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WARNER’S TWO BATTLEFRONTS : Can Batman Help Warner? : The studio is looking for a blockbuster. Enter the Caped Crusader.

<i> Times Staff Writer</i>

The Warner Bros. movie operation has just about everything. Crackerjack marketing. Warm relations with film exhibitors. Videocassette and foreign sales machinery that just won’t quit.

In fact, the only thing missing is a hit.

While Warner Communications’ brass fights to lock up the parent company’s sale to Time Inc., managers at the Burbank-based film unit have their eyes fixed on this weekend’s opening of “Batman.” Clearly, they hope that the darkly sophisticated comic book extravaganza will end a 2-year dry spell that has, by some reports, taken a toll on studio morale and perhaps even put some jobs in jeopardy.

“Honey, get ready for the rain to come. This is going to be the largest hit of the year,” said “Batman” co-producer Jon Peters on Wednesday of his film, which has been boosted by a massive pre-release publicity and merchandising campaign.

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“If it doesn’t work, you’ll see a whole new (management) group here,” another producer with ties to Warner predicted, however--apparently reflecting a make-or-break mood that set in around the “Batman” opening.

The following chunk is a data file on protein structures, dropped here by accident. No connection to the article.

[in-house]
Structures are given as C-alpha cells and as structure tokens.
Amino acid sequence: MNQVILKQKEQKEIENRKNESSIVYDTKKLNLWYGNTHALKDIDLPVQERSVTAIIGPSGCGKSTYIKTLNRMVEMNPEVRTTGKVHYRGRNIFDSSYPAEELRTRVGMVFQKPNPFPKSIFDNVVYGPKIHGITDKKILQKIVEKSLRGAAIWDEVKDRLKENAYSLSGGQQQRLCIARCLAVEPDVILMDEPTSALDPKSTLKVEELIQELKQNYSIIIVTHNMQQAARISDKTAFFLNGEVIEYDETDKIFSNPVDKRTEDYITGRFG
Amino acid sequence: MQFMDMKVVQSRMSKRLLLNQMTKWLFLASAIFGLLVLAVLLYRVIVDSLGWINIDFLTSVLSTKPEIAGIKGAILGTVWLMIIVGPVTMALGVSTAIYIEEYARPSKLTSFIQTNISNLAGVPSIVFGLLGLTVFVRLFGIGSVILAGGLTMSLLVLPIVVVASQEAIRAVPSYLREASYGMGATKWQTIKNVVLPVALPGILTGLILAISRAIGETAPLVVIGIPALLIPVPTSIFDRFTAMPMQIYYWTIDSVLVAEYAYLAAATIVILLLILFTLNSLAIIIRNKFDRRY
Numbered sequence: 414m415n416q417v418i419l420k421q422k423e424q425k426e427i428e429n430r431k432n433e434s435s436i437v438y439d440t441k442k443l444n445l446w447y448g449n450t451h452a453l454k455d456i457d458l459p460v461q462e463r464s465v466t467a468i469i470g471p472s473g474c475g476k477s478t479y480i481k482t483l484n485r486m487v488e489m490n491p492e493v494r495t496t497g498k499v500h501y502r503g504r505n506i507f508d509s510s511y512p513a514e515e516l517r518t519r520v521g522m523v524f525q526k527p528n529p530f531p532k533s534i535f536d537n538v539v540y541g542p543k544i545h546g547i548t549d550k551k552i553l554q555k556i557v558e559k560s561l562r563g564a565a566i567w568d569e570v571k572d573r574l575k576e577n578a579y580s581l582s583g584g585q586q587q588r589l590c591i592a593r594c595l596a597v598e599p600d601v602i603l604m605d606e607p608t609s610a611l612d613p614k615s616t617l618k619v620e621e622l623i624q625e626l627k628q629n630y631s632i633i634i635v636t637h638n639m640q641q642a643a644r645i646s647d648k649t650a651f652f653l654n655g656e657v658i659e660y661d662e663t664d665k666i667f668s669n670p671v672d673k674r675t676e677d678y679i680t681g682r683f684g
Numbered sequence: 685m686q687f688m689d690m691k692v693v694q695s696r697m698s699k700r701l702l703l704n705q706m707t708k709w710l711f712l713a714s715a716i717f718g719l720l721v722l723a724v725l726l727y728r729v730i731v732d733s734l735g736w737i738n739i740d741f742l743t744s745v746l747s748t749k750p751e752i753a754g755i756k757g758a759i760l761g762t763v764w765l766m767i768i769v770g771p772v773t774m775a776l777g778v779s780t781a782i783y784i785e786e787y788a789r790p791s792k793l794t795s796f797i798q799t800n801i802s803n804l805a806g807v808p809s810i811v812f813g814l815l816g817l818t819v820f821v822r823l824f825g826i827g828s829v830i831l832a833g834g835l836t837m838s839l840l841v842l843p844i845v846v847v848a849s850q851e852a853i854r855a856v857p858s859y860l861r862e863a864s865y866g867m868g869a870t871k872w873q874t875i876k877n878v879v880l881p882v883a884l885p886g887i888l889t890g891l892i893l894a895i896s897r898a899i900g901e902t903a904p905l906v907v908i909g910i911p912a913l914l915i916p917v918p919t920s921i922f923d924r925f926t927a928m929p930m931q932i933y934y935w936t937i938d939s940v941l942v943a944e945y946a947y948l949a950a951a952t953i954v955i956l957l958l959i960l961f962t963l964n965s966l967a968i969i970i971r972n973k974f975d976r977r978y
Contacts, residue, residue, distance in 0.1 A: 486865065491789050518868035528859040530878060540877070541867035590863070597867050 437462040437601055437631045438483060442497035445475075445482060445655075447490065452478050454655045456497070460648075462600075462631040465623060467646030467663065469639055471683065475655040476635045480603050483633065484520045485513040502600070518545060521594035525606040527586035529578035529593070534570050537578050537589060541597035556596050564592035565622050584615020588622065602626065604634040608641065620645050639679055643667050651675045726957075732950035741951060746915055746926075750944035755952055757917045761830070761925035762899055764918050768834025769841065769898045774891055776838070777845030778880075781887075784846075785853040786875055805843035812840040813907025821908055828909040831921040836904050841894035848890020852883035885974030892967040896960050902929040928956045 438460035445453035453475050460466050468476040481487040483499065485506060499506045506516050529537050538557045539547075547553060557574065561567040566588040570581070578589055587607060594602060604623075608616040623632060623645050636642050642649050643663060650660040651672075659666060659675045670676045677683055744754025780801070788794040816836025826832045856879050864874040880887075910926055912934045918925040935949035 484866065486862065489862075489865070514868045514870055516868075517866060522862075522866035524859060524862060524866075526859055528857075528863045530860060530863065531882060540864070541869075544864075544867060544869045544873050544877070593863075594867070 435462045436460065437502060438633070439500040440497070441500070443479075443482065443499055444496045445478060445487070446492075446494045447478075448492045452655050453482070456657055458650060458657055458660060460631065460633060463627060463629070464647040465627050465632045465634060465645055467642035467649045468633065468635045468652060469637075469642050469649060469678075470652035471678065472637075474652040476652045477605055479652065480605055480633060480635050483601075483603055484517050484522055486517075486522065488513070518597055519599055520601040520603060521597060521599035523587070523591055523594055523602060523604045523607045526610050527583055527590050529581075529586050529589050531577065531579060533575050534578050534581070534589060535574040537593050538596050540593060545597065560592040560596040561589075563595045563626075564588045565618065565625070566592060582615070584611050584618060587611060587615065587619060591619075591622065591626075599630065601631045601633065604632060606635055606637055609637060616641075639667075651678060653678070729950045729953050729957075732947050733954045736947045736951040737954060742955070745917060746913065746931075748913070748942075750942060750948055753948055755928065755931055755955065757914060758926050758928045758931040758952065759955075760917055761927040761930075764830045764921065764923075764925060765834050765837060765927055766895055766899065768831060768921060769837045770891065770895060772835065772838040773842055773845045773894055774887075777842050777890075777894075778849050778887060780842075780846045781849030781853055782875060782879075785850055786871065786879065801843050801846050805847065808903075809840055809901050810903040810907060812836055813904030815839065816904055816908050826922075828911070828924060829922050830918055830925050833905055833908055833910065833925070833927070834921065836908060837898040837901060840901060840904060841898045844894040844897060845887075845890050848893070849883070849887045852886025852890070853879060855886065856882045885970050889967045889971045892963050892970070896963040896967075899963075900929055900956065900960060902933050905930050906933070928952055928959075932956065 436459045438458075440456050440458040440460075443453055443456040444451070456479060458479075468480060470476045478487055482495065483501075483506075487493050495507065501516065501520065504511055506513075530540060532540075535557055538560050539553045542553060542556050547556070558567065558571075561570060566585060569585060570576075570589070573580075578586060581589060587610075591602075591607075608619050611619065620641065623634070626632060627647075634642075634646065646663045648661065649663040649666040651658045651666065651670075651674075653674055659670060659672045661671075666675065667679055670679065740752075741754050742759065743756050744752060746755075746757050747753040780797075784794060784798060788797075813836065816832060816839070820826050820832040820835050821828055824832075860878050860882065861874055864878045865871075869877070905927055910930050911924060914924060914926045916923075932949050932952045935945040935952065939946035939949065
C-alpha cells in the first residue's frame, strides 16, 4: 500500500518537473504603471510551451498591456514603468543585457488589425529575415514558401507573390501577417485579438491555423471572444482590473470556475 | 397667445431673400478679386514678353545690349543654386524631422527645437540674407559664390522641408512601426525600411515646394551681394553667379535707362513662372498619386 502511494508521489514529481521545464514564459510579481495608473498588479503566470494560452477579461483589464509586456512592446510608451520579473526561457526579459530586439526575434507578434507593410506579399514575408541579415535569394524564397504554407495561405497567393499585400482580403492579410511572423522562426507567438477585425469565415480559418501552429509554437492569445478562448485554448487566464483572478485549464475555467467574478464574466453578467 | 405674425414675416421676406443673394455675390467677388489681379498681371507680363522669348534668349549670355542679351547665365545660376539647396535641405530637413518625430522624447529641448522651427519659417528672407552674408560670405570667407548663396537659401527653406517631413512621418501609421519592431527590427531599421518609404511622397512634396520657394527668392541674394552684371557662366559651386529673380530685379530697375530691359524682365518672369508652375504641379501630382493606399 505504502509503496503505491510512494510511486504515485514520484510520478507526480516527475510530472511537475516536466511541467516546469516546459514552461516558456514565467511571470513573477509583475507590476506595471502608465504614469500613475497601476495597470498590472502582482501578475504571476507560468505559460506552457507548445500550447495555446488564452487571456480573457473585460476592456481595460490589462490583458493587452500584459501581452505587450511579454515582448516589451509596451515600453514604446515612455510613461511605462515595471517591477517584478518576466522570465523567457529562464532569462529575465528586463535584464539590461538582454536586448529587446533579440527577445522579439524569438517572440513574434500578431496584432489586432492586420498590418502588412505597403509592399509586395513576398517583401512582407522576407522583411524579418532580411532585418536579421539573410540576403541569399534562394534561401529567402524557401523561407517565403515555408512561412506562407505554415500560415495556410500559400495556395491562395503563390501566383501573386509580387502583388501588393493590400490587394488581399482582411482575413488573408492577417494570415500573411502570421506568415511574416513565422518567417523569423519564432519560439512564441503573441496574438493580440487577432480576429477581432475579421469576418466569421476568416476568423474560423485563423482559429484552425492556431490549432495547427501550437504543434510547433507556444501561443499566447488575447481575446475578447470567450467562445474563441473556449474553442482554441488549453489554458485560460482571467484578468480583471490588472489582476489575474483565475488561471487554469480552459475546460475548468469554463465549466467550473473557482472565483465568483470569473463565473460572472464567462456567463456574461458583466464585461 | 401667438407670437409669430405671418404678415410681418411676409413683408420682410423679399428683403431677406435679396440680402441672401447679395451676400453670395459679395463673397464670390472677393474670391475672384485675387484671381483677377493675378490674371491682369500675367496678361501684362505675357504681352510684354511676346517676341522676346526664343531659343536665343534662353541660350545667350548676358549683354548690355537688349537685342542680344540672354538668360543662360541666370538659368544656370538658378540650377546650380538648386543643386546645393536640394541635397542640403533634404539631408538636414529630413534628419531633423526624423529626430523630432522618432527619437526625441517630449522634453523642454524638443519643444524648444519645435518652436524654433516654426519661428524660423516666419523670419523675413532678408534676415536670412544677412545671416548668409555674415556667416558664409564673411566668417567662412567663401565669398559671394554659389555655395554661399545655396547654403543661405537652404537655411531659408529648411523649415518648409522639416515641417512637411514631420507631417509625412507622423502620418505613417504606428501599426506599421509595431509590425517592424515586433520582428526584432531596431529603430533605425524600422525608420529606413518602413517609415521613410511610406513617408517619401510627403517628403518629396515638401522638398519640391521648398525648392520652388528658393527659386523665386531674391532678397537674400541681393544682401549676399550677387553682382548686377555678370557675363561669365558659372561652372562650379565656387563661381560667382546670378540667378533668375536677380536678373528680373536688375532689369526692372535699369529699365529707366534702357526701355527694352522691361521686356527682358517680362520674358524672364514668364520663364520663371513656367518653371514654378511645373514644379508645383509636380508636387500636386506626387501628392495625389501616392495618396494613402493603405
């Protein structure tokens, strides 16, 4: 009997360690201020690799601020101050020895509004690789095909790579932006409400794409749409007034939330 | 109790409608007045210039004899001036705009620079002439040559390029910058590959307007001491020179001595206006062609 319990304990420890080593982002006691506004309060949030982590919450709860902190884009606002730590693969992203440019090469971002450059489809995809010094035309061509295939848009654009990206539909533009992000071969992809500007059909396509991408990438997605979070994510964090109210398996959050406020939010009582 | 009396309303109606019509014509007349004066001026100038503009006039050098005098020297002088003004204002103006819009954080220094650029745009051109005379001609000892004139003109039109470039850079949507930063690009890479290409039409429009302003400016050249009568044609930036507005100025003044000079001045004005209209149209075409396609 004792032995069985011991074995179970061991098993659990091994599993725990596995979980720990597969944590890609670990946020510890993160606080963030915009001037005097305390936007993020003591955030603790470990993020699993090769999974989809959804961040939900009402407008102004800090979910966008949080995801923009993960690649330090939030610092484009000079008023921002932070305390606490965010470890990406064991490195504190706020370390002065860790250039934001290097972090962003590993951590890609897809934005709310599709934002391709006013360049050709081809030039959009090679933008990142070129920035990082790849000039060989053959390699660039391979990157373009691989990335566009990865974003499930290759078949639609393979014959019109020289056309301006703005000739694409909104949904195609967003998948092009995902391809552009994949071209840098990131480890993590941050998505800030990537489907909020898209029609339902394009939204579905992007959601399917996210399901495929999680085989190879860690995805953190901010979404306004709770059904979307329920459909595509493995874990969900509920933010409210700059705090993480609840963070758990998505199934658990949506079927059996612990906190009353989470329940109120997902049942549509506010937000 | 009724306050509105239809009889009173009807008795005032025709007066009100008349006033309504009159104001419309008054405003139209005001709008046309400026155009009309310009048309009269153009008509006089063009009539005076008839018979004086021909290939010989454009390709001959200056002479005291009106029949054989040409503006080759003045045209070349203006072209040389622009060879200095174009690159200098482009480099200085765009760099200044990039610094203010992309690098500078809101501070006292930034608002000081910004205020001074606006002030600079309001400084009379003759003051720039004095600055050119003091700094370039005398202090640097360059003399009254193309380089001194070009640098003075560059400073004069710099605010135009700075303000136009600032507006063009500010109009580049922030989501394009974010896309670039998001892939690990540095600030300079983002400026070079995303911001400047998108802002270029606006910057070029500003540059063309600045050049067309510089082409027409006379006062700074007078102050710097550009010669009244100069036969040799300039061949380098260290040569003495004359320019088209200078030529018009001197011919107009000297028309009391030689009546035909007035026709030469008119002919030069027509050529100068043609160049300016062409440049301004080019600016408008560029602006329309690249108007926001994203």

Terry Semel, the studio’s 46-year-old president and chief operating officer, dismissed the talk of a slump during a telephone interview Thursday. “We started the year off, we thought, on a high note,” said Semel, pointing to the studio’s 23 Academy Award nominations, most of them for “Dangerous Liaisons” and “The Accidental Tourist.”

Semel particularly disavowed the notion that he or production president Mark Canton, 40, who is largely responsible for “Batman,” may have their jobs on the line. “We don’t have a bad year, and all of sudden replace the whole team,” he said, pointing to Warner’s success over an 8-year span with an executive team assembled by studio chairman Robert Daly, who left CBS to join the company in 1981.